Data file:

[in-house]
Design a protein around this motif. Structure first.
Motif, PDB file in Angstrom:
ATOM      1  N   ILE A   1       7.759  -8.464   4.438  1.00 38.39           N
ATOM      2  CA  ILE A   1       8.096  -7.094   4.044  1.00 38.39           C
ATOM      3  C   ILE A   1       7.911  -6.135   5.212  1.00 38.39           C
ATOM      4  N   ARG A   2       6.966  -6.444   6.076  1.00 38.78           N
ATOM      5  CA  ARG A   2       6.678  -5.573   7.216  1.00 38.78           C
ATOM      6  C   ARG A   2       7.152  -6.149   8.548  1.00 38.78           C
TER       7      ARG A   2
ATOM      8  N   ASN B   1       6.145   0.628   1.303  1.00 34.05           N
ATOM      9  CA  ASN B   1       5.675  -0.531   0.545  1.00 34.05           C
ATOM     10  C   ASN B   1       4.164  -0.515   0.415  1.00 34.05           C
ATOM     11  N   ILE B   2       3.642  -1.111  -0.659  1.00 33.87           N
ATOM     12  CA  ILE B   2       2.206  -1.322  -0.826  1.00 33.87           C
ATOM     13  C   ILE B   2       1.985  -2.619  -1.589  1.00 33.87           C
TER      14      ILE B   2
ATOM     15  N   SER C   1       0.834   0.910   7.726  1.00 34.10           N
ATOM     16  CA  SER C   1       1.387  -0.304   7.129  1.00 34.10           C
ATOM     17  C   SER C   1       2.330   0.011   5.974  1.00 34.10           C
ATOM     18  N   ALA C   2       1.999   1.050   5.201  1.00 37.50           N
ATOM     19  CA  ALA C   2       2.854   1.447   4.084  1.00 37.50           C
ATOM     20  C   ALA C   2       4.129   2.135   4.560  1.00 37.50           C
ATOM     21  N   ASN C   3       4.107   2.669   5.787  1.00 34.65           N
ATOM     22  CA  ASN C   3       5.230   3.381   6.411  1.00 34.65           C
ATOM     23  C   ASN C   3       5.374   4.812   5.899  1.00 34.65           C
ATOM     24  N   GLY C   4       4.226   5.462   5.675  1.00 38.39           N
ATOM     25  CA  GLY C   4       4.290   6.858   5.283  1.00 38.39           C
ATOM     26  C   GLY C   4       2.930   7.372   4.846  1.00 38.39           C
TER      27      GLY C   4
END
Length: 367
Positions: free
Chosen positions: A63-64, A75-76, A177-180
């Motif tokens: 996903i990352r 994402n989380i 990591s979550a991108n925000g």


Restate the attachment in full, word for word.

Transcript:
[in-house]
Design a protein around this motif. Structure first.
Motif, PDB file in Angstrom:
ATOM      1  N   ILE A   1       7.759  -8.464   4.438  1.00 38.39           N
ATOM      2  CA  ILE A   1       8.096  -7.094   4.044  1.00 38.39           C
ATOM      3  C   ILE A   1       7.911  -6.135   5.212  1.00 38.39           C
ATOM      4  N   ARG A   2       6.966  -6.444   6.076  1.00 38.78           N
ATOM      5  CA  ARG A   2       6.678  -5.573   7.216  1.00 38.78           C
ATOM      6  C   ARG A   2       7.152  -6.149   8.548  1.00 38.78           C
TER       7      ARG A   2
ATOM      8  N   ASN B   1       6.145   0.628   1.303  1.00 34.05           N
ATOM      9  CA  ASN B   1       5.675  -0.531   0.545  1.00 34.05           C
ATOM     10  C   ASN B   1       4.164  -0.515   0.415  1.00 34.05           C
ATOM     11  N   ILE B   2       3.642  -1.111  -0.659  1.00 33.87           N
ATOM     12  CA  ILE B   2       2.206  -1.322  -0.826  1.00 33.87           C
ATOM     13  C   ILE B   2       1.985  -2.619  -1.589  1.00 33.87           C
TER      14      ILE B   2
ATOM     15  N   SER C   1       0.834   0.910   7.726  1.00 34.10           N
ATOM     16  CA  SER C   1       1.387  -0.304   7.129  1.00 34.10           C
ATOM     17  C   SER C   1       2.330   0.011   5.974  1.00 34.10           C
ATOM     18  N   ALA C   2       1.999   1.050   5.201  1.00 37.50           N
ATOM     19  CA  ALA C   2       2.854   1.447   4.084  1.00 37.50           C
ATOM     20  C   ALA C   2       4.129   2.135   4.560  1.00 37.50           C
ATOM     21  N   ASN C   3       4.107   2.669   5.787  1.00 34.65           N
ATOM     22  CA  ASN C   3       5.230   3.381   6.411  1.00 34.65           C
ATOM     23  C   ASN C   3       5.374   4.812   5.899  1.00 34.65           C
ATOM     24  N   GLY C   4       4.226   5.462   5.675  1.00 38.39           N
ATOM     25  CA  GLY C   4       4.290   6.858   5.283  1.00 38.39           C
ATOM     26  C   GLY C   4       2.930   7.372   4.846  1.00 38.39           C
TER      27      GLY C   4
END
Length: 367
Positions: free
Chosen positions: A63-64, A75-76, A177-180
């Motif tokens: 996903i990352r 994402n989380i 990591s979550a991108n925000g």